MNAiC: Have you ever had to overcome (or help other women overcome) these challenges?  If so, what did you do?

NK: I show up to every meeting as my authentic self and recommend other women to do the same. I come prepared with the information and present it in a tone that is true to myself. I’m still open to feedback, but I never try to be something that doesn’t reflect who I am.

MNAiC: What do you think are three things MN Businesses can do to help remove these barriers in order to promote and retain more women leaders in technology?

NK: Corporations are making strides in understanding the importance and benefits of having a diverse workforce. Part of that includes a diversity of styles and ideas. Promoting an environment where everyone is accepted will benefit everyone in the organization.

MNAiC: What barriers do you think are most challenging to address and why?

NK: Changing existing beliefs is a tough barrier for corporations. Employees have preconceived ideas about leaders – how they act, how they make decisions and how they look. Corporations need to break the norms and promote new thought leadership.

MNAiC: What can young aspiring women technologists do today to prepare themselves for a future career in leadership?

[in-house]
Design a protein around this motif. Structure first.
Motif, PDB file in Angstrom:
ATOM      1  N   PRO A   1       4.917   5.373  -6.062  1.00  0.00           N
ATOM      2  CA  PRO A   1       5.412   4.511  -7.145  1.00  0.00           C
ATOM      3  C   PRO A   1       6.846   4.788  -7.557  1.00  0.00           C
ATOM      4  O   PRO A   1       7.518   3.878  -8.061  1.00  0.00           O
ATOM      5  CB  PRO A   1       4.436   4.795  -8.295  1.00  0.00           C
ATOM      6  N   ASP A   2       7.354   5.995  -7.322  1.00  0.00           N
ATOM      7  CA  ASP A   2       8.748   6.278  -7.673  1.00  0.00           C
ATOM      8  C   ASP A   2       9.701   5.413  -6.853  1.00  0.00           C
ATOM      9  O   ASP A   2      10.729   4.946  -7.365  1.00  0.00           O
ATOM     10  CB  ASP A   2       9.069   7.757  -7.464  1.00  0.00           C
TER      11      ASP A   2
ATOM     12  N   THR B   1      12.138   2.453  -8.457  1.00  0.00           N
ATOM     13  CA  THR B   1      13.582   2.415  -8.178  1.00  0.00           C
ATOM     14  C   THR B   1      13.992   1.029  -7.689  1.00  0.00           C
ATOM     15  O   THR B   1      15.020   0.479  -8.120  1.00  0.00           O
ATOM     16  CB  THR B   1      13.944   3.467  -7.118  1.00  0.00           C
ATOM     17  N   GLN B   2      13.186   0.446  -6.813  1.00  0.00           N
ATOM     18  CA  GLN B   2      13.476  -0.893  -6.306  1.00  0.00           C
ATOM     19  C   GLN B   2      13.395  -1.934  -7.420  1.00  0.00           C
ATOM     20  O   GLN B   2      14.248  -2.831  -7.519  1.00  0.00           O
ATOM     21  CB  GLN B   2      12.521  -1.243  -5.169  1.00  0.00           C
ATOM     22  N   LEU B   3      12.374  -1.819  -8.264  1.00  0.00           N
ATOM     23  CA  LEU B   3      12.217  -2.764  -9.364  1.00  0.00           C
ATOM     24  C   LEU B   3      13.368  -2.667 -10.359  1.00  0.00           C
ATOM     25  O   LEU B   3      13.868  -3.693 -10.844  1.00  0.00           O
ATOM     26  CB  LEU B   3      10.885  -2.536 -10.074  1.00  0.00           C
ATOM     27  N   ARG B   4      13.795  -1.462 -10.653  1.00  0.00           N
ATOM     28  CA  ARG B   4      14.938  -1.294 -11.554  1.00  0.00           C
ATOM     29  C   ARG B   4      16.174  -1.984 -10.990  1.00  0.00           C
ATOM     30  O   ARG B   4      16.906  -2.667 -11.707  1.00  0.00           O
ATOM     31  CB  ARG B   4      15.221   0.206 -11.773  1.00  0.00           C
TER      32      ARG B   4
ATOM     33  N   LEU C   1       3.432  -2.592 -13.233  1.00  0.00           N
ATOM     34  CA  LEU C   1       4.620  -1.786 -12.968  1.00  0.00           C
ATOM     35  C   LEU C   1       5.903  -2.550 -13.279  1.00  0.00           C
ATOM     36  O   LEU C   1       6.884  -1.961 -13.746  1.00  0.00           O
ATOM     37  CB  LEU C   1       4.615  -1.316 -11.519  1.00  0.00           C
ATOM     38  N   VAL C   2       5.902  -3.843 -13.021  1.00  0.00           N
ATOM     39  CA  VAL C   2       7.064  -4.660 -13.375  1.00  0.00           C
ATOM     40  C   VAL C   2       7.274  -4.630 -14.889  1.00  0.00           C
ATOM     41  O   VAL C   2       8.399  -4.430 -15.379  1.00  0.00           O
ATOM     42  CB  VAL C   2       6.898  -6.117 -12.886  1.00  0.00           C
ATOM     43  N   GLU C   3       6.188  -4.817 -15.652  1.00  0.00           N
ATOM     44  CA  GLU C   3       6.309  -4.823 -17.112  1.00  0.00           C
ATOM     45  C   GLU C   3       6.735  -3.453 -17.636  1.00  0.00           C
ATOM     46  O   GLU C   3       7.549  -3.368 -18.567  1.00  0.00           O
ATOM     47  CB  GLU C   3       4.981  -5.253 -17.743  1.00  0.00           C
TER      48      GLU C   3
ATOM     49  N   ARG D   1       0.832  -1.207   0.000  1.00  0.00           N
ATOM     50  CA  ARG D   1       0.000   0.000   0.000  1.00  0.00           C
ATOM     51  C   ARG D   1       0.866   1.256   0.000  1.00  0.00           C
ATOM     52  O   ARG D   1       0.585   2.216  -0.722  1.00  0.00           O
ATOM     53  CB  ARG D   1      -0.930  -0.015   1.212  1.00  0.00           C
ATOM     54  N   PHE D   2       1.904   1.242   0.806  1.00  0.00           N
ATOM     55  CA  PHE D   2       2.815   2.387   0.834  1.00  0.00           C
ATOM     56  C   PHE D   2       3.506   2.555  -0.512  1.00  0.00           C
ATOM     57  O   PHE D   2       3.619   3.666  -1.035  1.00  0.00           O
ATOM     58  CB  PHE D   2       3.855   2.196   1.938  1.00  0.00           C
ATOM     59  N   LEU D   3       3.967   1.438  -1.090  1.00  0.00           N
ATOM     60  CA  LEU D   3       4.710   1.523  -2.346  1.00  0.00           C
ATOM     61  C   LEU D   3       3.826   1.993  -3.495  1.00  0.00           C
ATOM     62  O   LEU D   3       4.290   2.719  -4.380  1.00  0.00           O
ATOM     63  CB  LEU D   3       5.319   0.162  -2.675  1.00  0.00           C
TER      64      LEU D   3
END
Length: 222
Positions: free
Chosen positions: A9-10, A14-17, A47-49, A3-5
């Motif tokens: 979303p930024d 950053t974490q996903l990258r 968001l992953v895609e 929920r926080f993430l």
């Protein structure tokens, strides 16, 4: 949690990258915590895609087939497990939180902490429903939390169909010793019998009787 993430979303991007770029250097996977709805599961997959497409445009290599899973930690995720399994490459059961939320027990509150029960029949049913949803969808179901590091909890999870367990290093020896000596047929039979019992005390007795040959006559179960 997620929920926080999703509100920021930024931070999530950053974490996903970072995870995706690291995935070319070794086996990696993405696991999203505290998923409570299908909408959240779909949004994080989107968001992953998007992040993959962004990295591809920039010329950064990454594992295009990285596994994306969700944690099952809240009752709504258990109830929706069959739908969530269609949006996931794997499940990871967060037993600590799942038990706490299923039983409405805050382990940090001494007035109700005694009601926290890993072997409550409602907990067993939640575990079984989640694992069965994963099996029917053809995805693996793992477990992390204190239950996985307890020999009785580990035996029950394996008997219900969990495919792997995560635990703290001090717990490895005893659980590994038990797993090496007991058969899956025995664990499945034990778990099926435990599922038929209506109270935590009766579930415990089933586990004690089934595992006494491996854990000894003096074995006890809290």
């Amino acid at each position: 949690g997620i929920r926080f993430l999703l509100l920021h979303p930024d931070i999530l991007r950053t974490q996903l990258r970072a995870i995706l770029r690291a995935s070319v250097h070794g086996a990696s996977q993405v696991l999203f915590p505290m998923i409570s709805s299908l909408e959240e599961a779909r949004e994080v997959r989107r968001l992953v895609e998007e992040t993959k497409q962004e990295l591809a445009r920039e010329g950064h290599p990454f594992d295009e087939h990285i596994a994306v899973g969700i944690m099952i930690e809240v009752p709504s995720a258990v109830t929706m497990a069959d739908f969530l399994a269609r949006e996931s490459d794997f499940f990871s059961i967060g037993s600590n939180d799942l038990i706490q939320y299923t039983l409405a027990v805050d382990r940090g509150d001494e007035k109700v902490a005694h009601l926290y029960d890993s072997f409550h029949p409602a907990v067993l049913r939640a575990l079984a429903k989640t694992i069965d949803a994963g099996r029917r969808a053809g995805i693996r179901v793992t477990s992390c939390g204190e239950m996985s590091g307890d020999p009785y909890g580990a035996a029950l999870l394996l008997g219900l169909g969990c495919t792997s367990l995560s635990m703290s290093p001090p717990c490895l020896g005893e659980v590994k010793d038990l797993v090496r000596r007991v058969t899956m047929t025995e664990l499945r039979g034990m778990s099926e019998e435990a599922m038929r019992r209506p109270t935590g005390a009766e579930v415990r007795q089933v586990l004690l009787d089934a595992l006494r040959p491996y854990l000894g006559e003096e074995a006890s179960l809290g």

NK: Be prepared to constantly learn. Not only is the technology changing rapidly, but how we interact with it and how we create and develop it changes equally fast. It’s exciting and challenging to create new technology in a new way, and it is what makes a technology career interesting.

MNAiC: Why do you think it’s important to move toward more gender consciousness in tech leadership?

NK: Technology is used by everyone. Young, old, rich, poor, blind, deaf… organizations need the diversity of thought in developing their technology to meet the needs of the diversity of their users. 

MNAiC: What advice would you give to women who aspire to advance their career in tech?

NK: Say yes. When new opportunities arise, say yes. Take the chance, take the risk, you never know what opportunity lies beyond this one.


Best Buy works hard every day to enrich the lives of consumers through technology, whether online, in stores or in their homes. This is achieved by solving technology problems and addressing key human needs across a range of areas, including entertainment, productivity, communication, food, security and health.


MNAiC collaborates with businesses, organizations, and schools to inspire, support, and empower young women in high school to become our next, best Minnesota technology talent. Want to get engaged with the Minnesota Aspirations in Computing program? To learn how your organization can support the computing interests of young women in Minnesota and lead the movement to disrupt gender equality in tech, contact Russell Fraenkel, Director of IT Career Pathways and Partnerships, Minnesota State – IT Center of Excellence, at, call (612) 659-7224.